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Mathieu’s value to Pens is clear as day

When head coach Michel Therrien was penciling names onto the Wilkes-Barre/Scranton Penguins, clear-day roster back on March 11, he was left with a few tough decisions.

Including Marquis Mathieu was a no-brainer.

Simply put, the guy is extremely valuable. That’s one-of-the-hottest-sticks-on-the-ice valuable. That’s wins-nearly-every-face-off valuable. And, perhaps most importantly, that’s already-won-a-Calder-Cup valuable.

“I think (experience) is huge,” said Mathieu, who won a Calder Cup with the Providence Bruins back in 1998-99. “Experience is something you cannot buy. You really have to earn your experience through the years. It’s about being smart on the ice and doing the little things you have to do to win a hockey game. And I think the more experience you have on a team, the better off you’re going to be down the stretch.”

Of course, Mathieu could be a fresh-faced rookie with zero playoff experience, and he would have still been an easy choice for the clear-day based solely on the numbers he has put up over the last two months.

After registering just six points (1+5) over his first 43 games this season, Mathieu simply caught fire and posted 16 points (7+9) over his next 21 contests. As of March 22, his efforts had him ranked ninth on the Penguins in scoring with 22 points (8+14).

“I don’t think I’m doing a lot different,” Mathieu said about his latest scoring surge. “I’m just getting more playing time now. I had to be patient at the beginning of the season, and in February we had a lot of injuries, which gave me an opportunity to step up and play like I need to play to be effective.”

Whatever the reason, Mathieu suddenly seems ready to make some more postseason noise. And if his hot stick can be combined with those of Tom Kostopoulos, Tomas Surovy, Konstantin Koltsov, Kris Beech, Michel Ouellet, Shane Endicott and Toby Petersen, then the Pens could have a tough team to beat.

“I think so,” Mathieu said, when asked if the team has what it takes to get him another championship ring. “Maybe two months ago I told these guys, “Just hang in there. I know things are tough right now, but we really need to hang in there and give ourselves a chance to make the playoffs, because we’re going to get some help back.”

“You want to win the Cup every year, but you never know what’s going to happen. At least now we have the ingredients to make a statement.”

But before the Pens can make a statement in the postseason, they have to make it there. They are currently sitting pretty, but there are still two weeks left. Now is the time when a team likes to have a guy like Marquis Mathieu on its side.

Mathieu knows what it takes to win, and he is happy to do the kinds of jobs that usually go unnoticed. Having a knack for winning nearly every face off is just one example.

“I take a lot of pride in my face-offs,” Mathieu said. “It’s been one of my assets throughout my career. My first year pro, my coach told me he wanted me to win every draw that was taken. And, at the time, I was thinking, “This guy is out there.’ I didn’t really understand what he was trying to do, but I picked it up from there. Now I basically approach every draw as if it’s a must-win.”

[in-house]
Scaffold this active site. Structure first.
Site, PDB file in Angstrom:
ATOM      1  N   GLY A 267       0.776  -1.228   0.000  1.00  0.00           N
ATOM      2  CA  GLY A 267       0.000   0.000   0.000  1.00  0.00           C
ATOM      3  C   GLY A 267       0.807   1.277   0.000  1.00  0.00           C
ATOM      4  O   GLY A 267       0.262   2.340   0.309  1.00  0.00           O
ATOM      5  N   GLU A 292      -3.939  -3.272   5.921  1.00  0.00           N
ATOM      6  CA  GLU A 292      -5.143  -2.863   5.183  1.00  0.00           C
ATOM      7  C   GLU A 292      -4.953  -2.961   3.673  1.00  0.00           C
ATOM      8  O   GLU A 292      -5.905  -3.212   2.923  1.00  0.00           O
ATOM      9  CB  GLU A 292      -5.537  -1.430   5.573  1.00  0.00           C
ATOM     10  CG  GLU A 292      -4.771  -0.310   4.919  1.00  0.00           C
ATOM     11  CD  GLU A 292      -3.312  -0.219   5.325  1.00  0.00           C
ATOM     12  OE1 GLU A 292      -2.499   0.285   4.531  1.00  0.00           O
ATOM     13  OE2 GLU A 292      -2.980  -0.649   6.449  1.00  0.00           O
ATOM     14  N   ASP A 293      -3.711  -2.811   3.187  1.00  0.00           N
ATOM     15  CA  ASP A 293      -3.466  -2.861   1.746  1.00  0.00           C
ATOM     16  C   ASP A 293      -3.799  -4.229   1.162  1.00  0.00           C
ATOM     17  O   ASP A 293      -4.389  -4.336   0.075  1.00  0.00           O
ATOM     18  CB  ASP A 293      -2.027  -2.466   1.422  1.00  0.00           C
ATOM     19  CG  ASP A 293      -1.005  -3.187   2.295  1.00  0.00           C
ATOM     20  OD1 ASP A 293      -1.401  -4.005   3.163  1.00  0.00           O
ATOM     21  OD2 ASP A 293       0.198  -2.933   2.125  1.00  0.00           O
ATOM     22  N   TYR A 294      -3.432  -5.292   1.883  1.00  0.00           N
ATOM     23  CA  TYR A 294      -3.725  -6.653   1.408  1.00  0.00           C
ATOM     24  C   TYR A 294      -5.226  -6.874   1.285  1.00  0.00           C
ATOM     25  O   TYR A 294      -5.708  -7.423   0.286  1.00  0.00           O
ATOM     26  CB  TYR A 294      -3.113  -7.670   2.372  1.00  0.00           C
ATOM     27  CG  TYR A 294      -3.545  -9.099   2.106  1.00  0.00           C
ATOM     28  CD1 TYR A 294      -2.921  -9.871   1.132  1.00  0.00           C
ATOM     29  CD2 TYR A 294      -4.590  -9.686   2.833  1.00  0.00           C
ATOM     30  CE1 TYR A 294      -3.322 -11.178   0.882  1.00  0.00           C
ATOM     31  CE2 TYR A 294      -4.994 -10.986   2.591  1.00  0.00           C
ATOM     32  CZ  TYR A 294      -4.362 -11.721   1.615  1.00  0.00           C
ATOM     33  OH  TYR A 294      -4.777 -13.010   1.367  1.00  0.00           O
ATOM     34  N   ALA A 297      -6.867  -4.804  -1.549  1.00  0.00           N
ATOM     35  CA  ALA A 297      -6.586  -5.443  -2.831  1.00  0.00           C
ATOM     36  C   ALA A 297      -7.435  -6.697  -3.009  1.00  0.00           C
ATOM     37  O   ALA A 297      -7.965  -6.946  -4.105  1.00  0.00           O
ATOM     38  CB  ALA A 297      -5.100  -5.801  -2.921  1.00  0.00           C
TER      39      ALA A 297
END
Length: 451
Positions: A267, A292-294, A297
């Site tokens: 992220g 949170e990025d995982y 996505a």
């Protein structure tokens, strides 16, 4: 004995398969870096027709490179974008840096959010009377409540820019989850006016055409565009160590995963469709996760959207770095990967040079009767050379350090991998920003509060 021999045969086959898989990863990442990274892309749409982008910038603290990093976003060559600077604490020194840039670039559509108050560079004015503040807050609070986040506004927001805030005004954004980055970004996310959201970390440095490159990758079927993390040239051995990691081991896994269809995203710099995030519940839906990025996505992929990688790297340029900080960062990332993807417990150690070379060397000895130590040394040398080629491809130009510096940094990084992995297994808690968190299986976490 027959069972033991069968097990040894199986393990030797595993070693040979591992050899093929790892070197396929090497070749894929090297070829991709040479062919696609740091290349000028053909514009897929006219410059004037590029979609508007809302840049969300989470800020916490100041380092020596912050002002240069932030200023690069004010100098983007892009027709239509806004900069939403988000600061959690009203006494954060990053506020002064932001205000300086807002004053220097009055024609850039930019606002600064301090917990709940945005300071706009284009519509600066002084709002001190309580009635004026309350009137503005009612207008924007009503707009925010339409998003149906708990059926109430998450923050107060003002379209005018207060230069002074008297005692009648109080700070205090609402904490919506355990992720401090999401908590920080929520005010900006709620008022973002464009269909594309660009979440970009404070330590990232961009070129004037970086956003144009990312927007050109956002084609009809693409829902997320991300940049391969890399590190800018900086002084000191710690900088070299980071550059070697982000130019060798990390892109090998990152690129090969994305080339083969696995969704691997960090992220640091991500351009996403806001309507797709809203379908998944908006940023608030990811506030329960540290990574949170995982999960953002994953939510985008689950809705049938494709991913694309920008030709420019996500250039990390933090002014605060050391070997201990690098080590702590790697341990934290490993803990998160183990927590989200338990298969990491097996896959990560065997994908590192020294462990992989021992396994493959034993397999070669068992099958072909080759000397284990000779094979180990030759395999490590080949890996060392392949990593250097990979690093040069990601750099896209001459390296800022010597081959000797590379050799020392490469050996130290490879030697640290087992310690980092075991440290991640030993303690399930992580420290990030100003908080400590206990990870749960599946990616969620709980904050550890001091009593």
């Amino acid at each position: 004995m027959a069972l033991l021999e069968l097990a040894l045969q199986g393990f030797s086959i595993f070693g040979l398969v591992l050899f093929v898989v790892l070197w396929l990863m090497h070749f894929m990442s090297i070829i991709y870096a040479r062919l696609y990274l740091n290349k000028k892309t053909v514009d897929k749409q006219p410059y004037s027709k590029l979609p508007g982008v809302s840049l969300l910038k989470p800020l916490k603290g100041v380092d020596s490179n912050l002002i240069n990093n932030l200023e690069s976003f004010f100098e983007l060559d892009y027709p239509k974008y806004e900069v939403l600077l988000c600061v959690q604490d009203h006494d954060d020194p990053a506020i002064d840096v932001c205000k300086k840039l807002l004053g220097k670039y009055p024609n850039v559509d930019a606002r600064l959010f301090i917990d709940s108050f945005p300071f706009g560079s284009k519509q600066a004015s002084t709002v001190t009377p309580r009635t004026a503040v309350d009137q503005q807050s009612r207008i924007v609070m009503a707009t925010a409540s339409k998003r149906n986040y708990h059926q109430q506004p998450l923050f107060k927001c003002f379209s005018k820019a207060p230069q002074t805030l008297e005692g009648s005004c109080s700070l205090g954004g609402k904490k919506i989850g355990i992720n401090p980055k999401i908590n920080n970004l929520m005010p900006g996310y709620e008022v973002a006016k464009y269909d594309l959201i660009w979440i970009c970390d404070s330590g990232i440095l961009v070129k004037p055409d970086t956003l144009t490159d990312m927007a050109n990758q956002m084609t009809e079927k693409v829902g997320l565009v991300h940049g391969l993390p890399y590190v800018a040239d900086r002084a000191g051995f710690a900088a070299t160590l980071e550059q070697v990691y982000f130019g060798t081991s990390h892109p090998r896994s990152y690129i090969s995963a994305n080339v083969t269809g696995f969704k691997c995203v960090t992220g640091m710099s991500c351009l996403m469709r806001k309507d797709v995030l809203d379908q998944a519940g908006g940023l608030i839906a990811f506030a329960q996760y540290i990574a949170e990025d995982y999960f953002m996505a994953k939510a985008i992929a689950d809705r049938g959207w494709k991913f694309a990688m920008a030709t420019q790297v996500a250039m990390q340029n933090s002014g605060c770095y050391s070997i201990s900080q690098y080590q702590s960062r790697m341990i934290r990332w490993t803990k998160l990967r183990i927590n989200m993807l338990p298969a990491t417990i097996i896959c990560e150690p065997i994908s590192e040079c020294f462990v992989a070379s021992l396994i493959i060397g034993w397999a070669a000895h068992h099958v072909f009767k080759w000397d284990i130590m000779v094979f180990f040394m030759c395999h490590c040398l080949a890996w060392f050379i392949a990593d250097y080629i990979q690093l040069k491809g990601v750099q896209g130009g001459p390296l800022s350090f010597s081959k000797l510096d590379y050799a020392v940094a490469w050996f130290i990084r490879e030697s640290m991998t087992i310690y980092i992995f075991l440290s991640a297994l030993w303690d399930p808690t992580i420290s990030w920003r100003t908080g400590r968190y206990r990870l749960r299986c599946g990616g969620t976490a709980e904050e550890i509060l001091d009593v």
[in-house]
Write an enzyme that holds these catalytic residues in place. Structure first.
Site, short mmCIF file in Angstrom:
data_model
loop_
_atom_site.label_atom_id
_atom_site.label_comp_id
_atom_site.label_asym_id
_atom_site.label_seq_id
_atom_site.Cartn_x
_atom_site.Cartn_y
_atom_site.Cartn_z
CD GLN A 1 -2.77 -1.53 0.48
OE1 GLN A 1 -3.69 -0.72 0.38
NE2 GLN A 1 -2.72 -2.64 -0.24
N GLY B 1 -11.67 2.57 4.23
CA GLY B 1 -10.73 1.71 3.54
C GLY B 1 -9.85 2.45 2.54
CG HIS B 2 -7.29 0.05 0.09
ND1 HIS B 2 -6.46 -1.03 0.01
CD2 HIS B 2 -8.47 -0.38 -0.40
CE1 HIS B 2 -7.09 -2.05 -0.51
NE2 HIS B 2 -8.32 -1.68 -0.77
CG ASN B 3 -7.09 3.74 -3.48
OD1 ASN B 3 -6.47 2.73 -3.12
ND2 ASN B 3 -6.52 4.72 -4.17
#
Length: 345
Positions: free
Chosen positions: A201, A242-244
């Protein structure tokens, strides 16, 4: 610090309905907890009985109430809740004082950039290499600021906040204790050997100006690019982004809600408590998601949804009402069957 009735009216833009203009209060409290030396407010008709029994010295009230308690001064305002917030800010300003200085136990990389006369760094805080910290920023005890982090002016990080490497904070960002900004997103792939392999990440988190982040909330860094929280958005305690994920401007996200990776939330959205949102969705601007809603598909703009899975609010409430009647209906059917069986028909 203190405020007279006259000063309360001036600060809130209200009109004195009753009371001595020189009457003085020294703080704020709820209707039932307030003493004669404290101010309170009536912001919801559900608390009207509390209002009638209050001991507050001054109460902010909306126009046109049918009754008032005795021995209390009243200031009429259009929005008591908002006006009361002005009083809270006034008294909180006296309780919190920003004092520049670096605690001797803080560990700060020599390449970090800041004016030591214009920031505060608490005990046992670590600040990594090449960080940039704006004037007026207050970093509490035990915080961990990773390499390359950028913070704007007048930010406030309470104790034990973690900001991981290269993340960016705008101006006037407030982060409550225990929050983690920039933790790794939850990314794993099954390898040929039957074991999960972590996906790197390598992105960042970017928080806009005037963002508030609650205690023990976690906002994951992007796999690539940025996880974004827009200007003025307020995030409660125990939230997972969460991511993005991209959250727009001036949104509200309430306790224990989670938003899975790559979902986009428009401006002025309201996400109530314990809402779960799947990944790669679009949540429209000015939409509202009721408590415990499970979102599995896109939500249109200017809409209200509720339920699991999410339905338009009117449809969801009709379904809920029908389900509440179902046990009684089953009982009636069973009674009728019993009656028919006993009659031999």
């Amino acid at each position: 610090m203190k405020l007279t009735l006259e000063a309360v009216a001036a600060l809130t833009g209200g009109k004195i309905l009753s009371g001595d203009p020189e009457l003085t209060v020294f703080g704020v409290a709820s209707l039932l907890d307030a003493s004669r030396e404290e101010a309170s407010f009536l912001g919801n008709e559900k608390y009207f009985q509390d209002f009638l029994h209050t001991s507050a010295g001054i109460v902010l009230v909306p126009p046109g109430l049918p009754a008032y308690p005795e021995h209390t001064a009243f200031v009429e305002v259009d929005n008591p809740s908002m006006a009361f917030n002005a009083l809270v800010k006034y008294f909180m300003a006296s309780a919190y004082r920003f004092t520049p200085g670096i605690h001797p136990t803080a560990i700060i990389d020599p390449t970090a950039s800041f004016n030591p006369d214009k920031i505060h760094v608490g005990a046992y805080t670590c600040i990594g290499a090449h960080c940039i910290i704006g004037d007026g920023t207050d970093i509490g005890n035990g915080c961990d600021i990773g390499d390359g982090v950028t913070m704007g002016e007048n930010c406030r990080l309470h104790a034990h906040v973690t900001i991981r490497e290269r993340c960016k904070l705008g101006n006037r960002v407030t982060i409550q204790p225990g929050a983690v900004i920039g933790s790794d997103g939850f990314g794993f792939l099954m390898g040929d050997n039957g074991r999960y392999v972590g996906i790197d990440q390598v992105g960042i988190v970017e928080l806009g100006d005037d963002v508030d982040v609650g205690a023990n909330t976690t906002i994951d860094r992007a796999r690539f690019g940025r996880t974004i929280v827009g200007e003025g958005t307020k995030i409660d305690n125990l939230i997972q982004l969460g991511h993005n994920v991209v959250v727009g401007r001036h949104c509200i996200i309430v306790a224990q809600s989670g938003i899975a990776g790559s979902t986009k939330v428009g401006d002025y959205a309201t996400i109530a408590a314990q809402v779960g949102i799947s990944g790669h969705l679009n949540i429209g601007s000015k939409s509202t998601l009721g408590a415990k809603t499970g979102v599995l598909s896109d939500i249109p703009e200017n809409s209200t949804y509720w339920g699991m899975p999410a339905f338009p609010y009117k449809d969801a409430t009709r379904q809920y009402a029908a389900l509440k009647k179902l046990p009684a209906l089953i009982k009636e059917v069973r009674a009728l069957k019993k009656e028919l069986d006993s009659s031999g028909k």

When Mathieu is not winning face-offs or scoring big goals, he is usually busy finding his way under the other team’s skin. He plays the game with an edge that has him valuable to his teammates and irritating to the opposition.

His antics have cost him 93 penalty minutes, but that pales in comparison to the number of minutes he draws on his opponents.

“For me to be in the game, the other team needs to hate me,” Mathieu said. “And I need to do the little things that make them hate me. That puts me into the game even more and that gets me going.

“I wouldn’t really say I’m a cheap player out there, but I play every shift as hard as I can. I’m not a huge guy, and I cannot run guys over like I would want to. I do a lot of work with my stick.”

Of course, Mathieu has also been doing a different kind of stick work lately ^ the kind that frustrates opposing goaltenders. He seems to grab those blue-collar points, the ones that come via scrappy play and hard work. And they always seem to come at the right time.

Seen more as a penalty killer, the veteran center does not see much time on the power play. But when it’s five-on-five hockey and the team needs a goal, he is starting to become a go-to guy.

And that is just another reason why the coaching staff had little trouble writing his name down on the clear-day roster.

“You are always looking for anything a player can bring to the table, and experience is a big part of it,” Penguins assistant coach Mike Yeo said. “But the face-offs are also a big part of it. His penalty killing is a big part of it. Just the fact that he has led us through this late charge, scoring the big goals at the big times is a part of it.

“You are always looking for someone to bring something special to the team, and, right now, he’s bringing a few things.”